"These disparities determine how long we live and how healthy our life is," said Thomas A. LaVeist, Ph.D., author of Minority Populations and Health: An Introduction to Health Disparities in the United States.

"Whites live an average of 5-7 years longer than Blacks. African-Americans are more likely than Whites to be victims of homicide and HIV/AIDS. Infant mortality is double for Blacks. It's been that way since statistics have been kept," LaVeist said.

Health statistics are similar for other minorities, although not as severe when compared in most instances to the Black population, especially insofar as death from AIDS and infant mortality rates.

Those opposed to reform defy ignorance while ignoring that although the United States spends more on health care than any industrialized country; it ranks last in the quality of health among 191 member nations, according to the World Health Organization.

When rating a country's overall quality of health care, one of the most significant indicators of the population's health is the infant mortality death rate, and numbers are particularly grave for minority infants in the U.S.

For African-American babies, the death rate is 2.3 times that of white infants, with four times likely to die from low birth weight. The data is most severe for Native-Americans, with the infant mortality rate topping whites by 48 percent.

A stark reality remains that because health insurance is largely employer-based in this country with minorities suffering most from unemployment, health care has perpetually been poor or nil.

Sobering statistics reveal that although Blacks only make up only 13.5 percent of the civilian "non-institutionalized" population, (a relevant note as Blacks made up 41 percent of the nation's 2 million prison inmates) they are 60 percent more likely to die from a stroke than Whites, and if they survive, they are more likely to become disabled.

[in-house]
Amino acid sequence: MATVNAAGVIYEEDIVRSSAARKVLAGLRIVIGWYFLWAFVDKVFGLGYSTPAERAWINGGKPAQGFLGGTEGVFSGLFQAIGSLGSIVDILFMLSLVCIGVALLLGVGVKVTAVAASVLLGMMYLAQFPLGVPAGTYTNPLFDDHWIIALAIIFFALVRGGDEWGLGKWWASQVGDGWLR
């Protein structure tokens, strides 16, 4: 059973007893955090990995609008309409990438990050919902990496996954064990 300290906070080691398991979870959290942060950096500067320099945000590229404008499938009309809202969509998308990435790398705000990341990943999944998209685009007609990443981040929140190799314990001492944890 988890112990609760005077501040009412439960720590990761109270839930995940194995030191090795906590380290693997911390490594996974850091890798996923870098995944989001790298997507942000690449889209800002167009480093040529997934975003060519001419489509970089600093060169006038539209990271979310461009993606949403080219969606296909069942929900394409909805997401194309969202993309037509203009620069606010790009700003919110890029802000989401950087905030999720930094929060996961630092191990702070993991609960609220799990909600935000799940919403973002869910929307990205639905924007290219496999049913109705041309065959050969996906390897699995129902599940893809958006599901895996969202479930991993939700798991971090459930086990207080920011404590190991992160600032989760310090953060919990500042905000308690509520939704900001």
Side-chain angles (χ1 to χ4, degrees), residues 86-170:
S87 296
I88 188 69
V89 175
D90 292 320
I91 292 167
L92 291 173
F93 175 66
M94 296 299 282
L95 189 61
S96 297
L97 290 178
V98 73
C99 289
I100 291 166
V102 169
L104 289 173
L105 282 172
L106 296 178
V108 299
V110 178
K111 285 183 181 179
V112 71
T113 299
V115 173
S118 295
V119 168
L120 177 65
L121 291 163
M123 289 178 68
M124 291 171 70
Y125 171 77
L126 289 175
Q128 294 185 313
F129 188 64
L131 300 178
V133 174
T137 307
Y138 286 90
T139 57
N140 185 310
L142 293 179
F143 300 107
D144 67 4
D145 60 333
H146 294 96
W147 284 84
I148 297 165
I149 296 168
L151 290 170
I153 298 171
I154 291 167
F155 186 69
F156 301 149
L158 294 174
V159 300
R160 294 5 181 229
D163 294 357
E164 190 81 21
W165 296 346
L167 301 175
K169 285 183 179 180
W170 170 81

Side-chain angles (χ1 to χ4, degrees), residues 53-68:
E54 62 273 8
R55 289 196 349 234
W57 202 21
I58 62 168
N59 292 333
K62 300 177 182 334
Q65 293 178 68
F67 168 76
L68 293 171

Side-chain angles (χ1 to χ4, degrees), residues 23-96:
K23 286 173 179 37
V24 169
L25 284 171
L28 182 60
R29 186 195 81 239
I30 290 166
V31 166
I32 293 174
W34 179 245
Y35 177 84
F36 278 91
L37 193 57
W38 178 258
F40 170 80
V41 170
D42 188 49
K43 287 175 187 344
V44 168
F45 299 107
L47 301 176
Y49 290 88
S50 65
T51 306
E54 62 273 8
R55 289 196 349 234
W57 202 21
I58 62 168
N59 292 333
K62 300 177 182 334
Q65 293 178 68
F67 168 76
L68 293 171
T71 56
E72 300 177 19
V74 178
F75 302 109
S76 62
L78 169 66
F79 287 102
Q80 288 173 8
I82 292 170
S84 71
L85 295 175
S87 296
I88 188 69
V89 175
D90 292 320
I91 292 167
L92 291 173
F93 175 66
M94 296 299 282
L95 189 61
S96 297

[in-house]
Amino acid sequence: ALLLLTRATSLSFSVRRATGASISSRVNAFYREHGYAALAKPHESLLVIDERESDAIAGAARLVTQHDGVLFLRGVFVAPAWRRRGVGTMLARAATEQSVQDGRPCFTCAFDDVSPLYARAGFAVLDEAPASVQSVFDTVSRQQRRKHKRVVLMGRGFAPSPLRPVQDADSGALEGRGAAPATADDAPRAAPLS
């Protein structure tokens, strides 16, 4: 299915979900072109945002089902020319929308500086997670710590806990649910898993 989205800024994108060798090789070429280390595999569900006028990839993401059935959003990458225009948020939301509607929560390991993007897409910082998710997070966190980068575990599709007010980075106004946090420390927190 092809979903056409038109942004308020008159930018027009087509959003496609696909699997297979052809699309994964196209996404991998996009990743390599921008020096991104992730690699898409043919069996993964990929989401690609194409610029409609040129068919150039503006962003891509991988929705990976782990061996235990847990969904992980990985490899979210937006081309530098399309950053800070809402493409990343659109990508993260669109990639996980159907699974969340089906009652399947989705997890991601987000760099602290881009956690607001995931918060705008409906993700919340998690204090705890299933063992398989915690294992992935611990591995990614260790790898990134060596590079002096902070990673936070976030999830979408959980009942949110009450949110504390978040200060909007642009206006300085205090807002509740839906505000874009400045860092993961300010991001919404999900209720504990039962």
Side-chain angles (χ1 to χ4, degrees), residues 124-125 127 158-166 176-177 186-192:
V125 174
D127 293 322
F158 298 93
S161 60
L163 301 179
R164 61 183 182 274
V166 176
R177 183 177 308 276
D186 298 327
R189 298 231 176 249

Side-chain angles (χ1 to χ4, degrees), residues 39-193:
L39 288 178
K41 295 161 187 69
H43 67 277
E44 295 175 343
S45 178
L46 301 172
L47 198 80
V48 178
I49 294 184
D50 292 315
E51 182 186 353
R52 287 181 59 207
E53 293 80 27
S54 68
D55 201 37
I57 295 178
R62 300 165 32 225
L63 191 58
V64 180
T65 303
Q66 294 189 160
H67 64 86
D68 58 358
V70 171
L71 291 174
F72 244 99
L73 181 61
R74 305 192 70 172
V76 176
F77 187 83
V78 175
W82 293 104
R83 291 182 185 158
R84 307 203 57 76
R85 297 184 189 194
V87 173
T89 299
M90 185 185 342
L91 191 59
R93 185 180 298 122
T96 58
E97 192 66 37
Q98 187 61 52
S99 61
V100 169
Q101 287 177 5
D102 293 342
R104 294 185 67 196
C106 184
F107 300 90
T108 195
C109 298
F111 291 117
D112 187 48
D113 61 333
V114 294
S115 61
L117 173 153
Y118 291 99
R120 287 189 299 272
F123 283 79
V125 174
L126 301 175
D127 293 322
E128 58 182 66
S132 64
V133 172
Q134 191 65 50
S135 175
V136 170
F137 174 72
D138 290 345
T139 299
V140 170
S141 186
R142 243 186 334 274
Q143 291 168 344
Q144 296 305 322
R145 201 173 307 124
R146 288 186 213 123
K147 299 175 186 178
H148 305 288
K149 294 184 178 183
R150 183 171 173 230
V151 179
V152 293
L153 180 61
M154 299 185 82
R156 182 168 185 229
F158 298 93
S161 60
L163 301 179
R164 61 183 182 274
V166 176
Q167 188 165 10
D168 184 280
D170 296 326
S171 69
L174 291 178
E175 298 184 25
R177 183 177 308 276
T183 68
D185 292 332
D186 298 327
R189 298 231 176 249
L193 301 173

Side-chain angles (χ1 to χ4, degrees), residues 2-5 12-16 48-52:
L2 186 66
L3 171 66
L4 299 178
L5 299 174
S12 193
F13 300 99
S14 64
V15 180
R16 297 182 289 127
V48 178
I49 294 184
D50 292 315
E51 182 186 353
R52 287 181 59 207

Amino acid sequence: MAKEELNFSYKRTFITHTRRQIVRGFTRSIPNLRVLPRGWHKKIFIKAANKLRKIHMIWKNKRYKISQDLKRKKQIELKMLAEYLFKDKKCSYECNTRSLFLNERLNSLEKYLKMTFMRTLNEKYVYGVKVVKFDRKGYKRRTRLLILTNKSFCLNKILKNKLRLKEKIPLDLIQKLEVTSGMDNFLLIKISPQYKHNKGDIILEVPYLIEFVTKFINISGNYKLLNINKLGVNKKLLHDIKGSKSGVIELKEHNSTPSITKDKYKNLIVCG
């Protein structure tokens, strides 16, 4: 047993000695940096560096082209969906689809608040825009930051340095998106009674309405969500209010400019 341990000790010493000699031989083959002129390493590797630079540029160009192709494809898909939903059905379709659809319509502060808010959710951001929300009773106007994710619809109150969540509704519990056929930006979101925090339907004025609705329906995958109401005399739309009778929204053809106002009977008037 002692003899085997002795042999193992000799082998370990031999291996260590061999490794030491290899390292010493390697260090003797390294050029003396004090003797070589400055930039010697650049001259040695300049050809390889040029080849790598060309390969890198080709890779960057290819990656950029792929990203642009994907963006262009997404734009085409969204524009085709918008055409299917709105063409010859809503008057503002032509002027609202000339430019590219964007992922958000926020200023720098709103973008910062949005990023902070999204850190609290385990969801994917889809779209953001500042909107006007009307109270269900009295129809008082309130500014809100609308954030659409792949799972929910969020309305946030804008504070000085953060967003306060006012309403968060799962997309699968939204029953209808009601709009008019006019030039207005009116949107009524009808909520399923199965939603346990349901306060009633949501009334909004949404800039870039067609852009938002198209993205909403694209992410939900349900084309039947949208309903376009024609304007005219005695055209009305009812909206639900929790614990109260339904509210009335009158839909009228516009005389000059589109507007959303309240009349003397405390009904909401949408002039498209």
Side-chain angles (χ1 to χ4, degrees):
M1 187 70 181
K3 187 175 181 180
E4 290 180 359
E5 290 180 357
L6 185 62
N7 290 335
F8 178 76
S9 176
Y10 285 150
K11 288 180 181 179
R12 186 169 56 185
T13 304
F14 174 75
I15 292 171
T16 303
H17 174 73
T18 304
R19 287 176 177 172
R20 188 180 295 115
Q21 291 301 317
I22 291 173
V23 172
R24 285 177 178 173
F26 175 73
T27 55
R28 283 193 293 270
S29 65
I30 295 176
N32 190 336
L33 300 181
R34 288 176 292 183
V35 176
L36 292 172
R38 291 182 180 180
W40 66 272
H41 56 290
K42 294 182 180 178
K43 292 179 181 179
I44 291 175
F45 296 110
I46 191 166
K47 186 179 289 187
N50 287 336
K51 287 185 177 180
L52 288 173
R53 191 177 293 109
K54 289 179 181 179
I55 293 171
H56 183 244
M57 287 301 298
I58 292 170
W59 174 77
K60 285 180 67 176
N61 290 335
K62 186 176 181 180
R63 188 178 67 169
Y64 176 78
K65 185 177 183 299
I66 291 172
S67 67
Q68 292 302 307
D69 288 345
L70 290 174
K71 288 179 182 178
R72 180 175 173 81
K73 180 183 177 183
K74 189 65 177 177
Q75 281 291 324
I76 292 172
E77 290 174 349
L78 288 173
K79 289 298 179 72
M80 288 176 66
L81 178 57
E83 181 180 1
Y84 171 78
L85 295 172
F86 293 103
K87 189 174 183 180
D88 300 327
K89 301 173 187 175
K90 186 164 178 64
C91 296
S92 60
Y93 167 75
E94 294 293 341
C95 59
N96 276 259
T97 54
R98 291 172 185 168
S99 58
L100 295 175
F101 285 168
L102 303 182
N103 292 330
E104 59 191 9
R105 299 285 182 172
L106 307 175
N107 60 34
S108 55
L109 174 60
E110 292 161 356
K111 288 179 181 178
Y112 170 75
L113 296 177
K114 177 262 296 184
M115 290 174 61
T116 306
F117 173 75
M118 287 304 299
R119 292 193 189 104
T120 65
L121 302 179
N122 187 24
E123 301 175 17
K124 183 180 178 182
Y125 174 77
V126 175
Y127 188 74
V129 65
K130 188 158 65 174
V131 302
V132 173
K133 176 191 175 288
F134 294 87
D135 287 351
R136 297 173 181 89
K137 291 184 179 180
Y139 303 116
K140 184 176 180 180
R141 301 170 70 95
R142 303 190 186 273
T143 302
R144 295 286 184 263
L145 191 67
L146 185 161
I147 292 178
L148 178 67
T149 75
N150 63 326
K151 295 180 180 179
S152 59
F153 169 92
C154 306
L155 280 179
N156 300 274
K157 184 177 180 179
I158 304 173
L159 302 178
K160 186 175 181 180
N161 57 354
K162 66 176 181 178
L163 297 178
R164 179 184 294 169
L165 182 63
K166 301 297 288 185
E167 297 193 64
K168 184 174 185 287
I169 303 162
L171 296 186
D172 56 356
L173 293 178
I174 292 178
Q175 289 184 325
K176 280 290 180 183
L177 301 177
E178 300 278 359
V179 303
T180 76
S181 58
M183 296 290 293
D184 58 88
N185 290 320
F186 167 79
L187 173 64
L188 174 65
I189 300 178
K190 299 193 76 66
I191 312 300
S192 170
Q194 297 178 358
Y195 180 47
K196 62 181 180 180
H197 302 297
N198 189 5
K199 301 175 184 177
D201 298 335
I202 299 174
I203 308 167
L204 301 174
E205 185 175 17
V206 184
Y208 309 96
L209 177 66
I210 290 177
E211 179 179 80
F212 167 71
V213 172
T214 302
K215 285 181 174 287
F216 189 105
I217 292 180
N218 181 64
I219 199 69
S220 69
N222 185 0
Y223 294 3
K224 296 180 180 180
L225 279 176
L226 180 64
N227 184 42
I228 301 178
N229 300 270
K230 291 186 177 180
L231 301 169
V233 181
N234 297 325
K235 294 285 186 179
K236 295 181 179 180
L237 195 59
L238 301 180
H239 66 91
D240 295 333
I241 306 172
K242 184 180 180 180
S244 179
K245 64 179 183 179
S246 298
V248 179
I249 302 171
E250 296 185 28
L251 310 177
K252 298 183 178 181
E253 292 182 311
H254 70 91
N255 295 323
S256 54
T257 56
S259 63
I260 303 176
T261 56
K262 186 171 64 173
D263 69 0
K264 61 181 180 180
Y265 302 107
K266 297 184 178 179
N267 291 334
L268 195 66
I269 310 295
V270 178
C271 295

The death of Senator Ted Kennedy, who called it his life's work to fight for equal and just health care as a right for all Americans, perhaps his passing will at the very least bring the true urgency to reform health care to the immediate front and center, with the actual passage of equitable health care a right for all Americans, rich or poor, healthy or sick, white or minority.

President Obama said, "I suffer no illusions that this will be an easy process. It will be hard. But I also know that nearly a century after Teddy Roosevelt first called for reform, the cost of our health care has weighed down our economy and the conscience of our nation long enough. So let there be no doubt: health care reform cannot wait, it must not wait, and it will not wait another year."

It is evident with the petulance prattled and screeched vociferously, loud and clear across the rural, urban and multicultural highways that many Americans want rapaciously to keep what they have above all human decency and compassion, literally leaving the have-nots left out in the cold to fend for their right to the pursuit of happiness, as stated in the Declaration of Independence.

The document also includes the following declaration: "That whenever any Form of Government becomes destructive of these ends, it is the Right of the People to alter or abolish it, and to institute new Government, laying its foundation on such principles and organizing its powers in such form, as to them shall seem most likely to effect their Safety and Happiness."

Martin Luther King's words ring timeless and haunting when he said, "An individual has not started living until he can rise above the narrow confines of his individualistic concerns to the broader concerns of all humanity."

Let's just hope that more individuals choose to truly start living as they help others to realize the dream of a healthy, just and humane life as well, as defined by a country of people whose lives literally hang in the balance of both power and political injustice.